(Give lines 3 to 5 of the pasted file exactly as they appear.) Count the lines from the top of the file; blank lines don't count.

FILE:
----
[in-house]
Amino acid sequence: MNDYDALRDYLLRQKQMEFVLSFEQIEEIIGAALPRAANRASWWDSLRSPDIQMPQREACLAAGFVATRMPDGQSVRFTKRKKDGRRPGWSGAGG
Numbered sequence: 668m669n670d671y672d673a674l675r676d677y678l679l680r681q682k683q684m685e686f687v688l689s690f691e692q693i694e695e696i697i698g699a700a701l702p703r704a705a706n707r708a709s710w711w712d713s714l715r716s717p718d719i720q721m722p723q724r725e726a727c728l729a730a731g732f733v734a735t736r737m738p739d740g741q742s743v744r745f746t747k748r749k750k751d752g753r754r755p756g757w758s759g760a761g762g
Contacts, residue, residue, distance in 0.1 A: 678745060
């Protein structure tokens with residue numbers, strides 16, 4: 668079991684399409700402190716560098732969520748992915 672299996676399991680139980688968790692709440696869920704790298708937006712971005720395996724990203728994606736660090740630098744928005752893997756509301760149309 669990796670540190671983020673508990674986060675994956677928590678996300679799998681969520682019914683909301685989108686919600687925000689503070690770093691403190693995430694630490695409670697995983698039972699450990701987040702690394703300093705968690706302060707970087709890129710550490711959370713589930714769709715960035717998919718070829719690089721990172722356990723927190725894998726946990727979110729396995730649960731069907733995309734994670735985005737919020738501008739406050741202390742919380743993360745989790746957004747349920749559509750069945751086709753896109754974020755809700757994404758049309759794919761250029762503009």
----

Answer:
Numbered sequence: 668m669n670d671y672d673a674l675r676d677y678l679l680r681q682k683q684m685e686f687v688l689s690f691e692q693i694e695e696i697i698g699a700a701l702p703r704a705a706n707r708a709s710w711w712d713s714l715r716s717p718d719i720q721m722p723q724r725e726a727c728l729a730a731g732f733v734a735t736r737m738p739d740g741q742s743v744r745f746t747k748r749k750k751d752g753r754r755p756g757w758s759g760a761g762g
Contacts, residue, residue, distance in 0.1 A: 678745060
């Protein structure tokens with residue numbers, strides 16, 4: 668079991684399409700402190716560098732969520748992915 672299996676399991680139980688968790692709440696869920704790298708937006712971005720395996724990203728994606736660090740630098744928005752893997756509301760149309 669990796670540190671983020673508990674986060675994956677928590678996300679799998681969520682019914683909301685989108686919600687925000689503070690770093691403190693995430694630490695409670697995983698039972699450990701987040702690394703300093705968690706302060707970087709890129710550490711959370713589930714769709715960035717998919718070829719690089721990172722356990723927190725894998726946990727979110729396995730649960731069907733995309734994670735985005737919020738501008739406050741202390742919380743993360745989790746957004747349920749559509750069945751086709753896109754974020755809700757994404758049309759794919761250029762503009």